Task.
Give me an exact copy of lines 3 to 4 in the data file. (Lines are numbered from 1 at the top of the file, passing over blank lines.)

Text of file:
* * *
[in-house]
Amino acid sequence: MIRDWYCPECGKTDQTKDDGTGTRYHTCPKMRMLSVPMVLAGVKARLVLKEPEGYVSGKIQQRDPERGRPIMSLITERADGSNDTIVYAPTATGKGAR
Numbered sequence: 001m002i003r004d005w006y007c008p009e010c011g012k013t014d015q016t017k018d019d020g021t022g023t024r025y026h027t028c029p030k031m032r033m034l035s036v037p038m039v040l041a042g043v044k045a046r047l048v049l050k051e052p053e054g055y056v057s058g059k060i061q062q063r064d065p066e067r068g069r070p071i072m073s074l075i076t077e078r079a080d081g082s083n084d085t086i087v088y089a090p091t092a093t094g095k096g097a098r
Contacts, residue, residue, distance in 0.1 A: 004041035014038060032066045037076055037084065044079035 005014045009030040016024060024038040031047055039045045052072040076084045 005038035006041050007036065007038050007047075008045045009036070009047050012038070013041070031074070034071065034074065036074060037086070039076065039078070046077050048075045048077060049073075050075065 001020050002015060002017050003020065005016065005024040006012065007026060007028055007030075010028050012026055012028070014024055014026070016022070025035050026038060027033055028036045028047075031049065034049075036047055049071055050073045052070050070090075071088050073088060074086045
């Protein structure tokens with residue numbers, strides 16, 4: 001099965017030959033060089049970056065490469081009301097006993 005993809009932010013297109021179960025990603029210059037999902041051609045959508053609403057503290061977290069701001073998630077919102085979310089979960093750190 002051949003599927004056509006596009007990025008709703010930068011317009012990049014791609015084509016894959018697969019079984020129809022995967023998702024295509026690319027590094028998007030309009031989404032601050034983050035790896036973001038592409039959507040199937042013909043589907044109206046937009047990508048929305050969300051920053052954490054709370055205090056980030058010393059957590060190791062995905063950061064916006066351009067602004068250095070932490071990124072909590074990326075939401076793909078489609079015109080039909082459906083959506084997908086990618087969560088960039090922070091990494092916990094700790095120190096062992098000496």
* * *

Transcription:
Numbered sequence: 001m002i003r004d005w006y007c008p009e010c011g012k013t014d015q016t017k018d019d020g021t022g023t024r025y026h027t028c029p030k031m032r033m034l035s036v037p038m039v040l041a042g043v044k045a046r047l048v049l050k051e052p053e054g055y056v057s058g059k060i061q062q063r064d065p066e067r068g069r070p071i072m073s074l075i076t077e078r079a080d081g082s083n084d085t086i087v088y089a090p091t092a093t094g095k096g097a098r
Contacts, residue, residue, distance in 0.1 A: 004041035014038060032066045037076055037084065044079035 005014045009030040016024060024038040031047055039045045052072040076084045 005038035006041050007036065007038050007047075008045045009036070009047050012038070013041070031074070034071065034074065036074060037086070039076065039078070046077050048075045048077060049073075050075065 001020050002015060002017050003020065005016065005024040006012065007026060007028055007030075010028050012026055012028070014024055014026070016022070025035050026038060027033055028036045028047075031049065034049075036047055049071055050073045052070050070090075071088050073088060074086045